Rent house or flat in Beijing


Renting an apartment in China requires planning. There has been a recent boom in real estate and there are a range of apartments available for rent by foreigners. Apartments are the primary form of housing, especially in the city center. Accommodation may be furnished or unfurnished, and the price should reflect that fact. Most ads, business, and contracts will be in Mandarin Chinese, but using an agent will help you navigate.

Rental Market

Western style apartments are concentrated in areas specified for foreigners. Large expatriate communities include Shunyi (villa housing) with families and embassy workers, Sanlitun for a foreigner party scene, Wudaokou is the student hub, Lido and Chaoyang Park has been a long-established foreigner hangout, and Wangjing is becoming increasingly an expat spot. The prices in these areas may be very high because of their popularity and proximity to the city center and various amenities.

A private one bedroom flat costs about 4,500 RMB per month.
Two-bedroom flats are about 6,000 RMB per month
Three-bedroom accommodation are about 9,000 RMB per month.
Houses start at 15,000 RMB
In general, prices increase significantly within each Ring Road approaching the city center. Housing is usually the largest expenditure.

Note that the higher the floor level the more high quality the apartment (in most cases). These also come at a higher price. It is also important to many Chinese the direction an apartment faces. This is due both to feng shui and that it might determine the TV signals that you receive.

How to Search for a Rental

Rental Agent

After you have determined what kind of place you would like and your price range, you need to decide if you would like to use a real estate agent. Most expats do because of unfamiliarity with the area and laws, as well as difficulty with the language barrier. An estate agent is a useful resource for finding the right place quickly. An agent will provide you with a description of available properties, escort you to viewings, make sure your contract complies with expected standards. Agencies are easy to find, but ask for recommendations from friends and contacts to find the best candidate. Estate agents are self-regulated, working under codes of conduct regulated by their professional bodies. Look for agents who are members of organizations such as the Royal Institution of Chartered Surveyors and the National Association of Estate Agents.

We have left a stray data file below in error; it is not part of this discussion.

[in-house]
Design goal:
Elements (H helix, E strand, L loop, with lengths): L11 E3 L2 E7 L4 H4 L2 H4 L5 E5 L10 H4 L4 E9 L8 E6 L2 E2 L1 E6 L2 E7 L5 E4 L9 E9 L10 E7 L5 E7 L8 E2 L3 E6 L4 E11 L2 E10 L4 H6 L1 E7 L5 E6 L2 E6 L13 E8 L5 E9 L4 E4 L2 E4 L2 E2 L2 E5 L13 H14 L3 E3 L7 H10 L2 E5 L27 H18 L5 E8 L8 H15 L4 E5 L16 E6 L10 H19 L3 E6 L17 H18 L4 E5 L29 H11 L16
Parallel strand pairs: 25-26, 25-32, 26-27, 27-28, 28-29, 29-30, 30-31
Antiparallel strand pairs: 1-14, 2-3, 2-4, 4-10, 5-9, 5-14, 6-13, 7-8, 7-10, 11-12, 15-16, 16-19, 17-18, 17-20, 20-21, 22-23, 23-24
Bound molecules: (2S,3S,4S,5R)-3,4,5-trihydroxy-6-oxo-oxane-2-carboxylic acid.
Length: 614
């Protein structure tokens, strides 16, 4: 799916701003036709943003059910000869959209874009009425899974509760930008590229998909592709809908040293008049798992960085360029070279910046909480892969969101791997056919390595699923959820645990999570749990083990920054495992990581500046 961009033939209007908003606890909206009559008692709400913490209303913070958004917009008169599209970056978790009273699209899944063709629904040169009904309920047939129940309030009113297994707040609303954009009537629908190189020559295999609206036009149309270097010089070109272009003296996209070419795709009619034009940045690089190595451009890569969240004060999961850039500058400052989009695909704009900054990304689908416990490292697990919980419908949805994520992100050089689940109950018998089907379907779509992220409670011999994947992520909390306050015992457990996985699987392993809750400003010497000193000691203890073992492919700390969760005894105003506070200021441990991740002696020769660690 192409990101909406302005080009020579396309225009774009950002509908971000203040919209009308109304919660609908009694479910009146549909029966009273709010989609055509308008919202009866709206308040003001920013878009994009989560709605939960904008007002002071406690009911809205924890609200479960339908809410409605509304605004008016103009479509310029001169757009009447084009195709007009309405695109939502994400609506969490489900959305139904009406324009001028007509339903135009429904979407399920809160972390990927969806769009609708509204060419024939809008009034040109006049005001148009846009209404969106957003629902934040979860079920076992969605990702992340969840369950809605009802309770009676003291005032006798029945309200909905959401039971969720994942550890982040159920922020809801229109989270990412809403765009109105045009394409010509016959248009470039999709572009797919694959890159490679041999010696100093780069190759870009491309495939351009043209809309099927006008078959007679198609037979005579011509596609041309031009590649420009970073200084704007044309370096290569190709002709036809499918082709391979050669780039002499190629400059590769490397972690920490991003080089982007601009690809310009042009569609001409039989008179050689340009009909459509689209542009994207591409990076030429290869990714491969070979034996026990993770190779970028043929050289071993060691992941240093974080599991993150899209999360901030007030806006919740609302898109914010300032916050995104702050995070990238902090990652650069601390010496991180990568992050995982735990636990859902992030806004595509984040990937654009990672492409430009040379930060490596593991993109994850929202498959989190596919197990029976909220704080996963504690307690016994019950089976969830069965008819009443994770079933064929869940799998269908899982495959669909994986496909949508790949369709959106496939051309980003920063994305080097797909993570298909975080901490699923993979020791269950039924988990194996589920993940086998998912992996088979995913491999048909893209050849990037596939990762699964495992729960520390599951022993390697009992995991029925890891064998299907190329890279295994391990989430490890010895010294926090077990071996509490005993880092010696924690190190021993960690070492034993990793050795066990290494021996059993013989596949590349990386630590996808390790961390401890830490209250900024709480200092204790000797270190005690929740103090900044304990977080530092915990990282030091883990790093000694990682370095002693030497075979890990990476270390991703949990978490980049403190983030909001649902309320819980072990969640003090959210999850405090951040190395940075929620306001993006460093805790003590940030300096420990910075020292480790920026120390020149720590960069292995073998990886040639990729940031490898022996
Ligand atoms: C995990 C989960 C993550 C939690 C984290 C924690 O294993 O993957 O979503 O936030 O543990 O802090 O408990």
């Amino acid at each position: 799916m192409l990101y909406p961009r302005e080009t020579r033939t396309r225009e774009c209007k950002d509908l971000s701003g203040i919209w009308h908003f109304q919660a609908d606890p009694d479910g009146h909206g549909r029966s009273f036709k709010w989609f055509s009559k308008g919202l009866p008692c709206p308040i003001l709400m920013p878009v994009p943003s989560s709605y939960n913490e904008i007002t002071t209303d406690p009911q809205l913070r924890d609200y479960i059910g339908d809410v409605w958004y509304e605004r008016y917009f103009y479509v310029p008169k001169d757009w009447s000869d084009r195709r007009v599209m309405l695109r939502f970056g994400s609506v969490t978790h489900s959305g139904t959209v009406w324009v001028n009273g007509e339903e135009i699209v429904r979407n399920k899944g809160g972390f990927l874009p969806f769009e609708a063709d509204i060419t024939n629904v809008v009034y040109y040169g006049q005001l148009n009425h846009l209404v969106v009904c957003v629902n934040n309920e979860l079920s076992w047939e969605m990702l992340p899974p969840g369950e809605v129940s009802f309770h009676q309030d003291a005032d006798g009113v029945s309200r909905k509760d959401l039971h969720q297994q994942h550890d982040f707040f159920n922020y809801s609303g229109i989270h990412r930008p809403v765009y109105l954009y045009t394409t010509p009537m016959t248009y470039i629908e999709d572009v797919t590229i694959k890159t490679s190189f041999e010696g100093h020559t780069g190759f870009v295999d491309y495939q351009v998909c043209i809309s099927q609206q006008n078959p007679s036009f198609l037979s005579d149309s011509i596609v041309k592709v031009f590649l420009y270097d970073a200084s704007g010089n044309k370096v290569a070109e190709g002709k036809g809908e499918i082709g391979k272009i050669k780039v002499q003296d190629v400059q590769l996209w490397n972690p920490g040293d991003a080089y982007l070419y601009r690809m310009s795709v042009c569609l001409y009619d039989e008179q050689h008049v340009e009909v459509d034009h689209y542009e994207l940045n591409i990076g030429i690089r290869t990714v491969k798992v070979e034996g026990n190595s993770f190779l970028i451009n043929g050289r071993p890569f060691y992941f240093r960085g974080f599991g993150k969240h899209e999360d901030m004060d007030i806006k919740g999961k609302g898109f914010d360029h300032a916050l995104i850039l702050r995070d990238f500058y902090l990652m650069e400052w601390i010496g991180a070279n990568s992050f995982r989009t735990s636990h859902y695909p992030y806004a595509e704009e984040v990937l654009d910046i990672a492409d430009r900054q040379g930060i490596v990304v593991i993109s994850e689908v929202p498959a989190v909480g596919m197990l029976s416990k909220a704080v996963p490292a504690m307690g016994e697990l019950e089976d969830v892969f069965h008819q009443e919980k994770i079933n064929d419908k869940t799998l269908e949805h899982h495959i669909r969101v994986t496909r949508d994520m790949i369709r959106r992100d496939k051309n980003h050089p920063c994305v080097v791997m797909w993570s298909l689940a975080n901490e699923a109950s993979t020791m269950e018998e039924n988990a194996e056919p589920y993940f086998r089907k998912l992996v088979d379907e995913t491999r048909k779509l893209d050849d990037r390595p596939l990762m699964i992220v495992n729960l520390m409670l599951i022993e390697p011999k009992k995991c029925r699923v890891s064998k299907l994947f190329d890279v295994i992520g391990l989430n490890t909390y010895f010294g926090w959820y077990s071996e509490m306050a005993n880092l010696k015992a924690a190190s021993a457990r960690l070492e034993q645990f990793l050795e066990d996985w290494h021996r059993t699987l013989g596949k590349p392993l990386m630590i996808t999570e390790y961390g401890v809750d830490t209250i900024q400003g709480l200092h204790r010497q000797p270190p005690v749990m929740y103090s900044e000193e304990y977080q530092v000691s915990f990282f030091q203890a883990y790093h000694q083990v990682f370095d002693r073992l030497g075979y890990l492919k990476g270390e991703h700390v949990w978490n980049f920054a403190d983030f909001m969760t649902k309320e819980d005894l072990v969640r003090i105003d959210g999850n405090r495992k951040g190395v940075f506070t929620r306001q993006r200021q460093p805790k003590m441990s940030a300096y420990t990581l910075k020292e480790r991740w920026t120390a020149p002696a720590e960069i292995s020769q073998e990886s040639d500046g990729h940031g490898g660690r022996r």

The site, Beijing Real Estate, is an excellent resource for finding the right agent for your needs.

According to the Chinese Law, tenant and owner have to share the payment of the commission for the real estate agent. At higher rent points, it is common to negotiate so that the landlord pays the whole commission fee.

Online Listing

Online listings can give you a great feel for the market and allow you to determine if a place fits your specifications before you spend time going to look at it.

Public Postings & Forums

Many places have billboards offering advertisements for a variety of goods and services. Watch these boards for useful postings. Laundrettes, cafes, grocery stores, community centers, and bars all might have private ads.

Expat and social forums and classified's are another resource for job seekers. You can get a realistic expectations of what it's like to live in Beijing as well as make helpful contacts. Check out Easy Expat's Classifieds for China as well as the forum to connect with expats there.


If you know anyone in China- get in touch! Friends and family, or any contact you have may have information about places available or advice on how and where to look. If you have already moved to Beijing, talk to people and make contacts.


Several papers have a helpful classified's section.